The Cement evaluation tool (CET) uses ultrasonic acoustic pulses from a rotating transducer and measures radially instead of axially. The transmitter emits ultrasonic pulses between 200 and 700 kHz and measures the received ultrasonic waveforms reflected from the internal and external casing interfaces.
The rate of decay of the waveforms received indicates the quality of the cement bond at the cement/casing interface, and the resonant frequency of the casing (Casing Specs) provides the casing wall thickness required for pipe inspection (Drill Pipe Inspection). Because the transducer is mounted on the rotating sub, the entire circumference of the casing is scanned.
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Note: Proper interpretation of the Cement Evaluation Tool (CET) data requires specialists, you will need to engage the contractor.
Cement Evaluation Tool CET- PET Tool Description
The pulsed echo tools employ an ultrasonic (300 to 600 kHz) pulse, of approximately 10 μs duration, focused perpendicular to the casing. The pulse is generated by some 8 transducers, doubling up as receivers, arranged in a helical pattern at the outside of the sonde. A ninth transducer faces downward at the bottom of the tool to measure the sound velocity in the well-bore fluid in combination with a reflector placed at a known distance from this transducer.
The ultrasonic beam of each transducer is partly reflected and partly transmitted at each of the interfaces between fluid, pipe cement (Cementing in drilling), and formation. The amount of energy reflected at each interface is related to the reflection coefficient, which is a function of the acoustic impedances of the various materials. As these parameters are known or can be measured directly for well-bore fluid, casing material, and formation rock, the one (unknown) for the media in the annulus can be derived from the energy portion picked up by the transducer in the receiver mode. The nature of the annular fill can then be inferred from the recorded acoustic impedance.
The log generated by a cement evaluation tool shows three or sometimes four distinct sections in the wavetrain at the receiver.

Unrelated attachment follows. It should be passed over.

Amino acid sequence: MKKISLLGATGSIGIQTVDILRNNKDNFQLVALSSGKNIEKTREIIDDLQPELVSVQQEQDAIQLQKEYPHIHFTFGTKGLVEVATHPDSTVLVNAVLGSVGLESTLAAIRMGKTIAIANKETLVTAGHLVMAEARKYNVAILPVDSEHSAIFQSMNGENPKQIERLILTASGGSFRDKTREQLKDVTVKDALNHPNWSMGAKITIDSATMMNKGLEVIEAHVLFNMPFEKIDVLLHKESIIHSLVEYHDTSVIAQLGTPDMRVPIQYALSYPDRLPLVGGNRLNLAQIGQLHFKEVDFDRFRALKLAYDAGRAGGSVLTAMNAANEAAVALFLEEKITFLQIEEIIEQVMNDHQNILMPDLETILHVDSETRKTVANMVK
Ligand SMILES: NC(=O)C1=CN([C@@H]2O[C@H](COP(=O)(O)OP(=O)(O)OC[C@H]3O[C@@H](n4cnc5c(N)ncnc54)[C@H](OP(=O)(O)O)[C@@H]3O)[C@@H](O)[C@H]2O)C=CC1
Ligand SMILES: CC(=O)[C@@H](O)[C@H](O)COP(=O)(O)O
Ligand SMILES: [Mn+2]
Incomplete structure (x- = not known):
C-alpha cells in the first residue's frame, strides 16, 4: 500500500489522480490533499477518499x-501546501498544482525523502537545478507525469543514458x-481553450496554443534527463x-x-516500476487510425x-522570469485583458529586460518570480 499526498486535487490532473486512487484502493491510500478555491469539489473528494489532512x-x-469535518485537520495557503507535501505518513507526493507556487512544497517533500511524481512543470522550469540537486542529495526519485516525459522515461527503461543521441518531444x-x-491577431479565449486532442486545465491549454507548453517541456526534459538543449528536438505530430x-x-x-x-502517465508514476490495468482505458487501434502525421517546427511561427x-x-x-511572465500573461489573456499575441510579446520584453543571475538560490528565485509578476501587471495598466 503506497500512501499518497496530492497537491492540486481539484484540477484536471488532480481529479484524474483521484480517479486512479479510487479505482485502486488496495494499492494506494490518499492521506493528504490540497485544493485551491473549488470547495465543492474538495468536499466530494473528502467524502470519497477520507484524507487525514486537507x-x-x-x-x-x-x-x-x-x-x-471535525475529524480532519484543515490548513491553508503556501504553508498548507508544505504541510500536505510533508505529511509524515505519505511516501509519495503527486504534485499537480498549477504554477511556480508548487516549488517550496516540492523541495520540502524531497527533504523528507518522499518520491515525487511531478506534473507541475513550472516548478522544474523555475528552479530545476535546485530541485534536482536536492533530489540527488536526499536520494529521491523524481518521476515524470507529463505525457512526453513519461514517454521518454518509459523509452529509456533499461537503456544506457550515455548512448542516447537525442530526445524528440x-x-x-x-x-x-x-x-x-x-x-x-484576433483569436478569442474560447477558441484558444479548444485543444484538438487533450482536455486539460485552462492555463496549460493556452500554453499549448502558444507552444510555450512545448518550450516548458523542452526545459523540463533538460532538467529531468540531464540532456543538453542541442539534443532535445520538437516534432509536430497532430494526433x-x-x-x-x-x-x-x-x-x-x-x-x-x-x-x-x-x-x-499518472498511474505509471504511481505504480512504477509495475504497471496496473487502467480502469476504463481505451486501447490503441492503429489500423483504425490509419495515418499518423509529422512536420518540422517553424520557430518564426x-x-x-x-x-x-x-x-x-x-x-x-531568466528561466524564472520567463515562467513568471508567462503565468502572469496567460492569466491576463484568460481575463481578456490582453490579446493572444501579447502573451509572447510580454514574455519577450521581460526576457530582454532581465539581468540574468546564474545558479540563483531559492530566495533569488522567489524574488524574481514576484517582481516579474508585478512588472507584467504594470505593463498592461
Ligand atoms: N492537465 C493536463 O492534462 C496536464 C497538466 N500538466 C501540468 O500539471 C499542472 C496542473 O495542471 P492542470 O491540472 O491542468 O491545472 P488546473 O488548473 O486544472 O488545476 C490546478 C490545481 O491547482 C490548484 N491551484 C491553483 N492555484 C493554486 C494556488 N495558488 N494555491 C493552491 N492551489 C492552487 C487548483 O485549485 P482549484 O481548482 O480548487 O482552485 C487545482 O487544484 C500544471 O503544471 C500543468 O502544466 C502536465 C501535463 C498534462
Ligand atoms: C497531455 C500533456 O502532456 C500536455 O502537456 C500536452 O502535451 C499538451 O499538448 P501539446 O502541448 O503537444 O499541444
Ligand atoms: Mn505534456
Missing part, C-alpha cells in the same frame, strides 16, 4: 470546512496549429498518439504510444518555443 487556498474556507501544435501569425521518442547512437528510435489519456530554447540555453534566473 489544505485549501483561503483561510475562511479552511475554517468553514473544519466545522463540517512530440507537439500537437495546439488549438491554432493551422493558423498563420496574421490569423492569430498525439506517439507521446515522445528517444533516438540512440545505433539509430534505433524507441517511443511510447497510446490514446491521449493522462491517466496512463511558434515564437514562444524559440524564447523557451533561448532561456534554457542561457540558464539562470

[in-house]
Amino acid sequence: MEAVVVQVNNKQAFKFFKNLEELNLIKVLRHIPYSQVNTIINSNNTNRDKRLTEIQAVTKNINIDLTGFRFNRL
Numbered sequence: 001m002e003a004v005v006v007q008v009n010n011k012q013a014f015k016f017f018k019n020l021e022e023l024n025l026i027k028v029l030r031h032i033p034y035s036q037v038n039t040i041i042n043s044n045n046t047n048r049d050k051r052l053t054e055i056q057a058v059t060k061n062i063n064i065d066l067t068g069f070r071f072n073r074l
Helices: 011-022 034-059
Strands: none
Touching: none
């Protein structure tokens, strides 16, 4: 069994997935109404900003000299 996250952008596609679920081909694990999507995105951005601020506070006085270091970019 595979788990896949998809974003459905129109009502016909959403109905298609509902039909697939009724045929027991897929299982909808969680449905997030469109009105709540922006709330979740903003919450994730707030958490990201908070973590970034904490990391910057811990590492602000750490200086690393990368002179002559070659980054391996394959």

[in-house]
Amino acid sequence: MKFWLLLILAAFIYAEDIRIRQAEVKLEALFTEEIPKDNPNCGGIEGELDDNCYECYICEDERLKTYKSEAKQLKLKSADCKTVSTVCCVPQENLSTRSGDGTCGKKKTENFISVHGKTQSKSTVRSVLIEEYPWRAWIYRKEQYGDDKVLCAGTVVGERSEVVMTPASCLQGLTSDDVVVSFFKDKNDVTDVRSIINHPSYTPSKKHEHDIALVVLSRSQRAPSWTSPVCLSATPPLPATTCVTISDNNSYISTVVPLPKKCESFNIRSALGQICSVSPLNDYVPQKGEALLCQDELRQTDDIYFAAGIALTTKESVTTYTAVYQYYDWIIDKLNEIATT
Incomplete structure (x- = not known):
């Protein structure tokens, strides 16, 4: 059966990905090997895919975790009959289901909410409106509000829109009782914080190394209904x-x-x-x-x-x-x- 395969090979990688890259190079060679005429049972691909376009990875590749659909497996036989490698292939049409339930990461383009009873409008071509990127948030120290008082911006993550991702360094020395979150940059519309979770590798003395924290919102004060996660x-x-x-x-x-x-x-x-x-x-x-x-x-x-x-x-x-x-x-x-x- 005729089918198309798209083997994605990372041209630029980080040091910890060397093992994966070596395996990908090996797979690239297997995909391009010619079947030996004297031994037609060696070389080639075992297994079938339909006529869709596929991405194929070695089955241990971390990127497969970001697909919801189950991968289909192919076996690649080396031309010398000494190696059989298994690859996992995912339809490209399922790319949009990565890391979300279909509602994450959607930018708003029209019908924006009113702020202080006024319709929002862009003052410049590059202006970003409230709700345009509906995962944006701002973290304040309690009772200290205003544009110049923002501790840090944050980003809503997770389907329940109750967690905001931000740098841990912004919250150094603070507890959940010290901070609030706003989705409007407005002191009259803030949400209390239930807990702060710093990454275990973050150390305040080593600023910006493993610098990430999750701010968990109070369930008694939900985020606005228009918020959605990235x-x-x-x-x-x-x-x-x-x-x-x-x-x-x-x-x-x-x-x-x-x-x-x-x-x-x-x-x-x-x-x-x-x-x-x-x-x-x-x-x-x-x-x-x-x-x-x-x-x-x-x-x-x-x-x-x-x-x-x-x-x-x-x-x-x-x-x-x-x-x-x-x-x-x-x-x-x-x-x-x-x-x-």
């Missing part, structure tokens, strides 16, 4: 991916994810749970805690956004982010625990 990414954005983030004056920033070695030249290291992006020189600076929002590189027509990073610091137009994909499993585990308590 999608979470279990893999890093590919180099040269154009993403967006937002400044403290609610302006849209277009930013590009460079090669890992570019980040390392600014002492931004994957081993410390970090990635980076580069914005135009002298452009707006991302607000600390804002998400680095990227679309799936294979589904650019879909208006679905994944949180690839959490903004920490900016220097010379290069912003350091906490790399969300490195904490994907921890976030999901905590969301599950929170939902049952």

The first represents the direct reflected energy from the inner pipe surface. With a known velocity in the well-bore fluid, its arrival time is used to calculate the distance between the sonde and inner pipe surface, whereas the amplitude gives a measure of attenuation in the fluid. Summation of this distance from two transducers phased at 180 degrees and the tool diameter gives the inner pipe diameter. As the 8 transducers are phased 45 degrees one pulse will result in 4 diameters from which the average is calculated. The difference between the largest and smallest diameter is a measure of the pipe’s circularity, while the difference between transducer-pipe distances, inferred from 180 degrees of phased transducers, indicates the degree of eccentricity of the tool.
The second and third interval of the received energy spectrum is rectified and integrated over a given time interval to give the thickness of the annular media and to yield its acoustic impedance respectively. The thickness of the casing is needed as input in the process
The fourth interval, sometimes called secondary reflection, would indicate formation arrival after suitable compensation imposed by the intervening media. It will be present in cases where the cement sheath is thin and the pipe is well centralized (Casing Centralization) in a gauge hole. Also, a large acoustic impedance contrast between annulus media (cement) and formation favours formation reflection. Its presence is undesirable as it overlaps the third interval and thus interferes with and complicates the evaluation of the log.
Adverse effects on pulse echo- cement evaluation tool
Several conditions and parameters have an adverse effect on the interpretation of the pulse-echo cement evaluation.
- The presence of a micro annulus and, more important the media it contains, will adversely affect the tool’s response when the size is of the same order of magnitude as the wavelength of the pulse in the micro-annulus media. If gas filled the sensitivity is much higher than when containing a liquid, proportional to the wavelength variations. In general, a fluid-filled micro annulus of less than 0.2 mm will have only a marginal effect, but for gas a size of 1 μ already creates a serious impediment.
- Pipe coatings and corrosion products affect log interpretation by severe attenuation of the signal (as in gas).
- Gas bubbles in the annular contents (e.g. caused by an influx in the gelling and setting stage) significantly reduce the acoustic impedance and thus might lead to an interpretation of imperfect cement fill.